The main actors of land grabbing, mainly concentrated in Africa and to a lesser extent in Asia and Latin America, has been the Chinese and Americans. It mainly developed in the early 21st century with the use of potentially fertile lands. In 2012, after FAO proclaimed a moratorium against land grabbing in poor countries, the fear spread that “the guidelines for land regulations and access to fishing and forestry resources” may have become law, impeaching the existing contracts. This made the investors assaulting African lands more careful. The hunger for lands did not stop, though, the objective simply changed. Some available data is quite impressive. 10% of agricultural lands in Romania are owned by large foreign economic groups. There is even an English investment fund. There is also a property fund with 80,000 hectares in Poland, Romania and the Czech Republic. According to Thierry Pouch, head economist of the French Chambres d'agriculture’s Reseau, only 20% of the land belongs to farms. The assault on European lands is quieter because the plots of land acquired by multinational groups and hedge funds are smaller than the large acquisitions (40 thousand hectares or more) carried out in Africa. Nevertheless, it is a considerable business. The Chinese investment group Hong Yang has recently acquired 1700 hectares of land suitable for cereal production of cereals in the French Department of Indre, the historical region of Berry. The price was 15,000 euro per hectare versus the general market price in the area of 4,000 euro per hectare. It is no longer a question of predatory action, but medium- to long-term speculation that bets on the increase in the value of agrarian lands in a world increasingly in search of food. However, although a 25-million-euro investment is regarded as small potatoes in finance, it is surely an important one for agriculture in comparison to the small average size of European farms.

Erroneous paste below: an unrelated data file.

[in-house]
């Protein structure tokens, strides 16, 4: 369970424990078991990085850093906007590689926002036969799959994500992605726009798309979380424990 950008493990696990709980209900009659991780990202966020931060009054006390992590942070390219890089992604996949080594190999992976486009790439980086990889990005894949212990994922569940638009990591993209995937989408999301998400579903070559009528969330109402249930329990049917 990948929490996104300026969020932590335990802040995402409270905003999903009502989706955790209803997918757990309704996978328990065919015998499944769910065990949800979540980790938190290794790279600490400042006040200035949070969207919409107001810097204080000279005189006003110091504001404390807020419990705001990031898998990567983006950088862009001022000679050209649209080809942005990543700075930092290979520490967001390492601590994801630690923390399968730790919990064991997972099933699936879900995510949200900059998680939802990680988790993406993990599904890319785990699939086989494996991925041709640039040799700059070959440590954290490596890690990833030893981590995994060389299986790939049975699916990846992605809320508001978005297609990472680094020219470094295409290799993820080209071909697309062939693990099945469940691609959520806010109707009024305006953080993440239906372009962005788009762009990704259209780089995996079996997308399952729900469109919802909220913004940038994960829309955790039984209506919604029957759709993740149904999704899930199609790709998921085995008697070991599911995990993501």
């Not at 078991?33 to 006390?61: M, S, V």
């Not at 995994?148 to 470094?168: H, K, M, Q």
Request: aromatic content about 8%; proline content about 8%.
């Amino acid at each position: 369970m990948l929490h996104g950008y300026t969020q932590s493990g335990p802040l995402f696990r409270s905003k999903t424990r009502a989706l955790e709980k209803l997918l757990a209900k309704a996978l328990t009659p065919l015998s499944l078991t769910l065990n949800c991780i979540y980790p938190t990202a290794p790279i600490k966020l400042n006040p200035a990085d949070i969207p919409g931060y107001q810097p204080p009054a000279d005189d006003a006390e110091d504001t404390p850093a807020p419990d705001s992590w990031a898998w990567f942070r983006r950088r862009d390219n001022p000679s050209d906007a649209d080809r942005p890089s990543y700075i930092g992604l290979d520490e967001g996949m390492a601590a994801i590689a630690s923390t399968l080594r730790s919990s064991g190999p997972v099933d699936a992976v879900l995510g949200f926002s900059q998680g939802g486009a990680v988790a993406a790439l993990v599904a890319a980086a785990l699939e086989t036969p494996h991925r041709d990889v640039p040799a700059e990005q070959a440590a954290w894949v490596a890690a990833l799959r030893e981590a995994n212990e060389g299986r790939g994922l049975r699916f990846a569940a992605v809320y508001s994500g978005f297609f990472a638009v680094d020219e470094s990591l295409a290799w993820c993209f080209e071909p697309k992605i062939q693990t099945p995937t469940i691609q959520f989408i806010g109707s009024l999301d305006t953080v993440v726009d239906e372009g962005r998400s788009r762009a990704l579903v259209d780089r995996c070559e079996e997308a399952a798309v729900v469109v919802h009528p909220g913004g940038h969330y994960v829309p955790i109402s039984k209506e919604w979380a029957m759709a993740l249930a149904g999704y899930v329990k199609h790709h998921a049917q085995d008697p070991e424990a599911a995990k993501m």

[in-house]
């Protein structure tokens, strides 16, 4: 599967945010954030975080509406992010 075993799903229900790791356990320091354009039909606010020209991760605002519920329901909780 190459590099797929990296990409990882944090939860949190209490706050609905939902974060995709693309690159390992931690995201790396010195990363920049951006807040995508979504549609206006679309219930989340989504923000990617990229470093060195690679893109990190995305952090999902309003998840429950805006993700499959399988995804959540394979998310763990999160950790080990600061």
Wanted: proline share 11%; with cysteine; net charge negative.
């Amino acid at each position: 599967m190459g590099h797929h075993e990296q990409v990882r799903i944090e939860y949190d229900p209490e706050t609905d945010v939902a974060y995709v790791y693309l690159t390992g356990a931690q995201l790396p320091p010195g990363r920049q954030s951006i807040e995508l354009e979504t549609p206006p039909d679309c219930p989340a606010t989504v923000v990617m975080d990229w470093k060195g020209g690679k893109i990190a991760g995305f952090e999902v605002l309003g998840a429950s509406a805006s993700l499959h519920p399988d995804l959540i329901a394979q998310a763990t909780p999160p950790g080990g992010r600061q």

From: Teatro Naturale, 1/07/2016